Regal History of Harp Making

Carrying on the Tradition

By Alex Starace


Elaborate pedal harps gilded with gold or encrusted with diamonds and jewels can cost upwards of $60,000!

The honeyed notes of the harp call to mind medieval music played in the presence of royalty. And, in fact, this isn’t a fanciful image: Harps first appeared in Western civilization in Ireland in the eighth century. By the late Middle Ages, a pedestal was added and the instrument appeared in kingly courts across Europe. The harp’s popularity with aristocracy continued unabated for several centuries. Marie Antoinette, for example, received an ornate harp on the year of her accession in 1774. It was her favorite instrument, which she studied under the tutelage of a master harpist.

But did you know that the harp also has a much broader history? Harps were common in Egypt, possibly as early as 3000 BCE. These early harps were bow-shaped, most likely inspired by the bow-and-arrow. Because they didn’t have a supporting pedestal to counteract the string tension, they had far fewer strings. Similar instruments were found in the ancient Cycladic art of the  Greek Isles, as well as in ancient Mesopotamia.


The Lyon & Healy Company, established in 1864 by George Washburn Lyon and Patrick Healy, began building harps in 1889.

Zooming forward to the present day, one of the world’s premiere harpmakers is, surprisingly enough, smack-dab in the middle of America’s heartland. The Lyon & Healy harpmaking company, which has clients as august as the New York Philharmonic, the Russian National Orchestra and La Scala Theater, houses its production facility in an unassuming brick building just west of Chicago’s Loop. South Florida Opulence had an opportunity to visit the facility, learn more about the harpmaking process and see just what makes for a world-class harp.

Steve Fritzmann, the national sales manager for Lyon & Healy (and a former master harpmaker), explained on a tour that while a harp may appear to be a static instrument, it actually has a very complicated pedal system. At Lyon & Healy, all 2,000 pieces within the harp’s string-and-pedal mechanism are painstakingly assembled by hand, an attention to detail sets the company apart – as it has from the beginning.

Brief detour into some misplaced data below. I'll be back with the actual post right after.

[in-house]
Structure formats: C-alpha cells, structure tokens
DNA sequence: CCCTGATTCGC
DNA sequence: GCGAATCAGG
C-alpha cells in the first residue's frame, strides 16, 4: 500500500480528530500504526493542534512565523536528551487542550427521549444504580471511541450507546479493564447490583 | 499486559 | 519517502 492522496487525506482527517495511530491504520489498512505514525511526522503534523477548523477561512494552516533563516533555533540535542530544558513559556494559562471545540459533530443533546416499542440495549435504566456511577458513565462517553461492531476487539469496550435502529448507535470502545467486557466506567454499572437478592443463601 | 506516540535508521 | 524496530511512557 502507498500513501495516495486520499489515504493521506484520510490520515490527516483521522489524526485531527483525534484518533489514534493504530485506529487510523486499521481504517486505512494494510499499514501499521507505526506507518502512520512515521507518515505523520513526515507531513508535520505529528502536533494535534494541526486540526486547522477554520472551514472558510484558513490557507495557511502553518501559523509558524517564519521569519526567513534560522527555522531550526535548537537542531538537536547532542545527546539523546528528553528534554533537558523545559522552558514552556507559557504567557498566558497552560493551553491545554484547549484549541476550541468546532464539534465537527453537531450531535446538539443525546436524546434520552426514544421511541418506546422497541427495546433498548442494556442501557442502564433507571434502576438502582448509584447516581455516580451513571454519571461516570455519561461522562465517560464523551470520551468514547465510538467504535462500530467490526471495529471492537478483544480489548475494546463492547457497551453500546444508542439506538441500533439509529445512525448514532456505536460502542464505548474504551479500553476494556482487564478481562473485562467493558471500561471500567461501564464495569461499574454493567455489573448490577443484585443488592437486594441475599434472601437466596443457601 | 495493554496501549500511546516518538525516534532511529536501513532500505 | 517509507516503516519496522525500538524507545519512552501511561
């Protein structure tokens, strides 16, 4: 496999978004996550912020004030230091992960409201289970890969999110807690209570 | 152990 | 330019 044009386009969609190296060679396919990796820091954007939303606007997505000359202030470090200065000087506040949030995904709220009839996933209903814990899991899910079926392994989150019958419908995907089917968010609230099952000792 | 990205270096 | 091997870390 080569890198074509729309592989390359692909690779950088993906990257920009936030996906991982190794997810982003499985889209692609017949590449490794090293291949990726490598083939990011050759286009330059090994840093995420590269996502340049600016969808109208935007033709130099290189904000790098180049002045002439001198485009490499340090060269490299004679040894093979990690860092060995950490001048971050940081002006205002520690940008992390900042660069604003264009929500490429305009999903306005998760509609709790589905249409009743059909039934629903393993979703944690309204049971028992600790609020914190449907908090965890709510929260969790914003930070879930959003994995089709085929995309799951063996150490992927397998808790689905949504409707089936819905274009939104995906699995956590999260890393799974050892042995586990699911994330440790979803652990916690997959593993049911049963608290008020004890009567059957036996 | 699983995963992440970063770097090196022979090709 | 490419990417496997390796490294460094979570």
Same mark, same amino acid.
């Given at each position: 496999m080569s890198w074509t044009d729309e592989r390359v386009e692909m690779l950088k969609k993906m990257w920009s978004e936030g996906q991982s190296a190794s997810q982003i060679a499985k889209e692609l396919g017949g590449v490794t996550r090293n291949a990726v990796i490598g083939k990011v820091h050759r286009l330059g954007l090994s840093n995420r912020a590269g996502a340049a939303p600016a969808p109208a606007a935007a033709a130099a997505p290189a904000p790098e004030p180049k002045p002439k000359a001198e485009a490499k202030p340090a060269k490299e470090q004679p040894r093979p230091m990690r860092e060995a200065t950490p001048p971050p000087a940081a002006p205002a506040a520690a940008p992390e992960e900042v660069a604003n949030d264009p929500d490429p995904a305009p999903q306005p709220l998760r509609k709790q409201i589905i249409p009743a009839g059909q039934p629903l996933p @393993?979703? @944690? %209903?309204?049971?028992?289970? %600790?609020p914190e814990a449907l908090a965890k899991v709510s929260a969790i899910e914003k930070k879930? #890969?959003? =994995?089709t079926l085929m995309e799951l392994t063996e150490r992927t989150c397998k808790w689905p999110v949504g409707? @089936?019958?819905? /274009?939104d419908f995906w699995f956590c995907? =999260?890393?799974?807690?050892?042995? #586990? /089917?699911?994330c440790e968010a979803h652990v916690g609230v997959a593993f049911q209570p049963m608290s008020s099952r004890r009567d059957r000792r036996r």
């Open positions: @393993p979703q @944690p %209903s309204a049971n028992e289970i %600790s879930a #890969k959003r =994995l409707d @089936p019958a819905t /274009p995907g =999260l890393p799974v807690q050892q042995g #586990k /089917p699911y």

George Lyon

George Lyon

Lyon & Healy was founded in 1864 as a sheet music shop in a wobbly, wooden building at the intersection of Clark and Washington Streets in Chicago. The shop, like so many others, burned to the ground in the Great Fire of 1871, though the company’s founders, George W. Lyon and Patrick J. Healy, rebuilt. Soon, Lyon & Healy expanded its activities to instrument repair and Healy noticed that he was doing brisk business repairing harps, many of which seemed poorly made. He vowed to do better – and to build the best harp known to mankind.


Patrick Healy

His first harp debuted in 1889, after years of prototypes and research. By the 1890s, Lyon & Healy was established as a top-quality harpmaking company and the company’s signature Style 23 harp was introduced. Known for its beauty, craftsmanship and sound quality, Lyon & Healy’s Style 23 is now considered by many to be the most recognizable harp in the world.

Today, the company continues to focus on quality. Fritzmann explained that a Lyon & Healy soundbox is made from hard rock maple sourced from the Midwest and cured in a dehumidified, temperature-controlled chamber. The soundboard itself is Sitka spruce, sourced from the northwestern United States and Canada. Combined, they form the sound chamber, which needs to be flawlessly constructed, both so the harp’s sound remains pure, and so that the instrument doesn’t break under the string tension. “It’s a very complex machine,” explained Fritzmann.


Craftsmen working in present day factory at Lyon & Healy in Chicago.

It’s also an instrument of great artistry. Lyon & Healy’s ornate pedestals are hand carved by master artisans who specialize in floral detailing. The company even has a dedicated gilding room, where gold is applied. True to tradition, Lyon & Healy uses the same water gilding technique the company has used for over a century. And the gold is of superior quality: “It’s twenty-three-plus carat, the purest gold it can be,” said Fritzmann. Such attention to detail results in a gorgeous instrument with a sound that has, as Fritzmann described, “an even, full, bell-like quality that really resonates and speaks well.”

It’s an instrument that can last for decades – and that carries on the tradition of the royal, courtly harp of yesteryear.

Regal History of Harp Making